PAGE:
|Cover design by J.T. Lindroos|
When my colleague Howard Kaplan first published The Damascus Cover back in 1977, I imagine he gave some thought to his book’s movie potential. After all, he’d written a fast-paced spy novel full of intrigue, betrayals, and narrative twists galore, set amid Syria’s bloody byways. I doubt, though, it ever occurred to him that Hollywood would come calling in 2014.
Well, not Hollywood exactly. There’s British money involved in this modest indie production, now called simply Damascus Cover, which is slated to begin shooting in Morocco this fall, with Jonathan Rhys Meyers, Abigail Spencer, and Jurgen Prochnow in major roles. But writer-director Daniel Berk (who once helped connect John Travolta with Quentin Tarantino, and has also served as the Senior Envoy for Cultural Affairs at the Israeli Consulate in Los Angeles), shares Howard’s fascination with the Middle East. Berk enlisted a second screenwriter, Samantha Newton, to deepen the film’s central romantic relationship and otherwise up the dramatic stakes. Some of Howard’s own story suggestions were taken, but he’s the rare novelist who seems delighted by the changes that have been made to his original work. With both Syria and Israel all too prominent in the news of late, it seems high time to make a film that follows an Israeli spy who’s gone undercover in Damascus, masquerading as an ex-Nazi businessman while striving to carry out a dangerous mission.
A Nazi enclave in Syria decades after the close of World War II? That’s the kind of historic detail on which Howard Kaplan thrives. He’s a student of Middle Eastern history, one who spent several years living in Israel, speaks fluent Hebrew, and has contacts of all persuasions in the region about which he writes. During his student years, he made a brief, clandestine visit to Damascus, then enhanced his knowledge of this teeming, fascinating city by studying detailed maps as well as every memoir and travel book he could find. As he puts it, “God bless the Brits, who go everywhere and write about it.”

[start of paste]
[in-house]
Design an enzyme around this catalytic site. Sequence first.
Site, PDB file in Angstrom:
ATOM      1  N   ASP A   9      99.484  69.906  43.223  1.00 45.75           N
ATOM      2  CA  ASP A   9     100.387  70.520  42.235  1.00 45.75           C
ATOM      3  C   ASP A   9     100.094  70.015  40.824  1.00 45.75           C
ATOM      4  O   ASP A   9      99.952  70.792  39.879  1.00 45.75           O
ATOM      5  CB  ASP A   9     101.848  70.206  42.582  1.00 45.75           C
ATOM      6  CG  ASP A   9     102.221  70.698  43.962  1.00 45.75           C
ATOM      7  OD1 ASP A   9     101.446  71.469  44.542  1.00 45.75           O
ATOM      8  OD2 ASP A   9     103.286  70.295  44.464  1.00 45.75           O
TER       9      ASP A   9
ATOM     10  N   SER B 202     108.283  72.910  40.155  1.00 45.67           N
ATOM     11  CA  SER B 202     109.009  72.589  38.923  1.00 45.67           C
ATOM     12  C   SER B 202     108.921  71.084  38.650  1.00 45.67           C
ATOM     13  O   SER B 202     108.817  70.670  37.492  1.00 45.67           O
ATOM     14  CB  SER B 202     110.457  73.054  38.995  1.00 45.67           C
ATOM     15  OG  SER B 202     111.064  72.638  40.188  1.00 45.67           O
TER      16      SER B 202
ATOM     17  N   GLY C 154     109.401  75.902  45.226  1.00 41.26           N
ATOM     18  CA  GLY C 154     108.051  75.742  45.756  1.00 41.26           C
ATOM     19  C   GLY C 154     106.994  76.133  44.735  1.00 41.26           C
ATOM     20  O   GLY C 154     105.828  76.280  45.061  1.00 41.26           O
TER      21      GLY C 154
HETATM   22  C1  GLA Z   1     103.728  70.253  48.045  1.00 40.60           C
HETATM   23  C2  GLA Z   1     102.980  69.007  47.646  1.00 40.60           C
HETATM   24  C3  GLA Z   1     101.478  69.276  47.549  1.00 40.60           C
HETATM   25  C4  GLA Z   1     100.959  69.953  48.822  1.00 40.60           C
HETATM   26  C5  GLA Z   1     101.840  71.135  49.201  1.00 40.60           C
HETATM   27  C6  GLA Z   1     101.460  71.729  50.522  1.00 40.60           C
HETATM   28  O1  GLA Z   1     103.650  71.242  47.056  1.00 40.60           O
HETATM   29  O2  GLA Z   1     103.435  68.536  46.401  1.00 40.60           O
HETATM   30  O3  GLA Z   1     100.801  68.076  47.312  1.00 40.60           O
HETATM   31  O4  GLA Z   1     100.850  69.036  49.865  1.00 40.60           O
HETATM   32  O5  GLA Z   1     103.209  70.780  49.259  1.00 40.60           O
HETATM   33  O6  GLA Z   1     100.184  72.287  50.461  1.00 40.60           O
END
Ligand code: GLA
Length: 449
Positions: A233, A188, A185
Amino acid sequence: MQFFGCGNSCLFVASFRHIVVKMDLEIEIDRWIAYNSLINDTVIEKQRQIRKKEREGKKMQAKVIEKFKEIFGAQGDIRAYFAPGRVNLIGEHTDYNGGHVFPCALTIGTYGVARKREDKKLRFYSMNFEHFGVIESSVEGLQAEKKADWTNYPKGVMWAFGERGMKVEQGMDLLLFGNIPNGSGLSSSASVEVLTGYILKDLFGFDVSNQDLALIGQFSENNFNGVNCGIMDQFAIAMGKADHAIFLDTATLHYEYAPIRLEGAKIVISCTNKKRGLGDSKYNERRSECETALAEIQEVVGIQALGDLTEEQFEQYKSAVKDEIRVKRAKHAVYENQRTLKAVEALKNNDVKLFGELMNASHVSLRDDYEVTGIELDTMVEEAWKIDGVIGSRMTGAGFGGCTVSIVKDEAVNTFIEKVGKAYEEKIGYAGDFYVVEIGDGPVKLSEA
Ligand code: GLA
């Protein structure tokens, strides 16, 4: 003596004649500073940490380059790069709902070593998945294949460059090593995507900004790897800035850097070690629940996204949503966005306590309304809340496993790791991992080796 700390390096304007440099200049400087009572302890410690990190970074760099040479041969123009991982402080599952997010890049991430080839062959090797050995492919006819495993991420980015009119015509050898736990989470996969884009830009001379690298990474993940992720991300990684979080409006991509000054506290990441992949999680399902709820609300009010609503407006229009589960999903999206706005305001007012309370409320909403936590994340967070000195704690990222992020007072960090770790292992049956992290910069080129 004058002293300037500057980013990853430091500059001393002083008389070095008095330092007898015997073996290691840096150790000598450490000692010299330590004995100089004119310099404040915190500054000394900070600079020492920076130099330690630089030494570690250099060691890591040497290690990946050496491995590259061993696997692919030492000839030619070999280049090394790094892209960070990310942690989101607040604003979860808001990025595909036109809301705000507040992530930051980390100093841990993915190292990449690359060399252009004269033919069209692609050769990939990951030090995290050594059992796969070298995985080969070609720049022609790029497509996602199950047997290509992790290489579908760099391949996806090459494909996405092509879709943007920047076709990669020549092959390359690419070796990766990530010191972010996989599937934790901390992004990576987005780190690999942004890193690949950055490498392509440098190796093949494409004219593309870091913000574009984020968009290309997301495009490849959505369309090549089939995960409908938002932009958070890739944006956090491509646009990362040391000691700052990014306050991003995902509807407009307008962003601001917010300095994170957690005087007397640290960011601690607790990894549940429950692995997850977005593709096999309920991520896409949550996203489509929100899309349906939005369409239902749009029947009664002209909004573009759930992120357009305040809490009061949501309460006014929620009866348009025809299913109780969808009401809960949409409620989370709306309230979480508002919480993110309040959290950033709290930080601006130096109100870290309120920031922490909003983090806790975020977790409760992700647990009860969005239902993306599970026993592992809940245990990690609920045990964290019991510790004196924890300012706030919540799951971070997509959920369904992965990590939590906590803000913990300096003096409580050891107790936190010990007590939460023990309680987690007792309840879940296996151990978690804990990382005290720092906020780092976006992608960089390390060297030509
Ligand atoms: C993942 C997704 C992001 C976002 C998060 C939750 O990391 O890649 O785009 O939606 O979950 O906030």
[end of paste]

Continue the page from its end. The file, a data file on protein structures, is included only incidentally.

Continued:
Howard’s enthusiasm for cloak-and-danger stories was primed in the early 1970s when he made two trips to the Soviet Union. On the first, he successfully smuggled out a dissident's manuscript on microfilm. The second time around, he was arrested and interrogated for several days by Soviet police before being expelled from the country. (This incident contributed to the plot of his second published novel, The Chopin Express.) To flesh out The Damascus Cover, he read widely about the Israeli spy Eli Cohen who, explains Howard, “had been highly placed inside Syrian Intelligence before the Six Day War and provided Israel with much of the intelligence to allow them to take the Golan Heights from Syria in that war. He was uncovered and hung publicly in Marjeh Square in Damascus.” In addition, Howard steeped himself in the writings of Somerset Maugham, Eric Ambler, Graham Greene, and especially John Le Carré, whose espionage novels benefit from his real-life experiences in British Foreign Intelligence. He’s also been inspired by Ken Follett, who early in his career wrote a vivid novel about Afghanistan without once having set foot in that troubled land.
Howard prides himself on his even-handedness, which comes from decades of researching both Israeli and Arab points of view. His objectivity on thorny Middle Eastern matters has been noted by many reviewers. He also knows how to spin a good yarn. Bestselling author Clive Cussler is a fan, saying, “Kaplan is up there with the best.” Let’s hope the movie version of The Damascus Cover lives up to expectations, and sheds light on what’s happening in the Syria of today.
|The movie poster, as of now|